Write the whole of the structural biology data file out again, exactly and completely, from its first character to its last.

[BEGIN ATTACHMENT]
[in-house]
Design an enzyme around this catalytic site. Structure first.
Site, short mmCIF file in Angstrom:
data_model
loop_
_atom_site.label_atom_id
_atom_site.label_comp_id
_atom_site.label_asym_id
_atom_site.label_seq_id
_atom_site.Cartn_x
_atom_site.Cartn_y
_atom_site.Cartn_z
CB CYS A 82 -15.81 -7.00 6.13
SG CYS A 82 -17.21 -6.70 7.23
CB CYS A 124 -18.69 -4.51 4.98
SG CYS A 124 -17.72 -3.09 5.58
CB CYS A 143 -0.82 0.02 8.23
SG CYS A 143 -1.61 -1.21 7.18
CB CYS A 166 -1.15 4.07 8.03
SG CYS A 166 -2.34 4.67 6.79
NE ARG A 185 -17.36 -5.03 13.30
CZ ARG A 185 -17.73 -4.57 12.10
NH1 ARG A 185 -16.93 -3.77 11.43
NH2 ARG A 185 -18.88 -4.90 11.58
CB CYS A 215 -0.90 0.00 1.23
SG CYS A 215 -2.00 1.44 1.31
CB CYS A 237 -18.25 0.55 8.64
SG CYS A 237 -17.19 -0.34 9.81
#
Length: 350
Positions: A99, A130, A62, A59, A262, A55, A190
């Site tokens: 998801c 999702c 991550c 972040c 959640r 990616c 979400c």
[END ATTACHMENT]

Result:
[in-house]
Design an enzyme around this catalytic site. Structure first.
Site, short mmCIF file in Angstrom:
data_model
loop_
_atom_site.label_atom_id
_atom_site.label_comp_id
_atom_site.label_asym_id
_atom_site.label_seq_id
_atom_site.Cartn_x
_atom_site.Cartn_y
_atom_site.Cartn_z
CB CYS A 82 -15.81 -7.00 6.13
SG CYS A 82 -17.21 -6.70 7.23
CB CYS A 124 -18.69 -4.51 4.98
SG CYS A 124 -17.72 -3.09 5.58
CB CYS A 143 -0.82 0.02 8.23
SG CYS A 143 -1.61 -1.21 7.18
CB CYS A 166 -1.15 4.07 8.03
SG CYS A 166 -2.34 4.67 6.79
NE ARG A 185 -17.36 -5.03 13.30
CZ ARG A 185 -17.73 -4.57 12.10
NH1 ARG A 185 -16.93 -3.77 11.43
NH2 ARG A 185 -18.88 -4.90 11.58
CB CYS A 215 -0.90 0.00 1.23
SG CYS A 215 -2.00 1.44 1.31
CB CYS A 237 -18.25 0.55 8.64
SG CYS A 237 -17.19 -0.34 9.81
#
Length: 350
Positions: A99, A130, A62, A59, A262, A55, A190
């Site tokens: 998801c 999702c 991550c 972040c 959640r 990616c 979400c």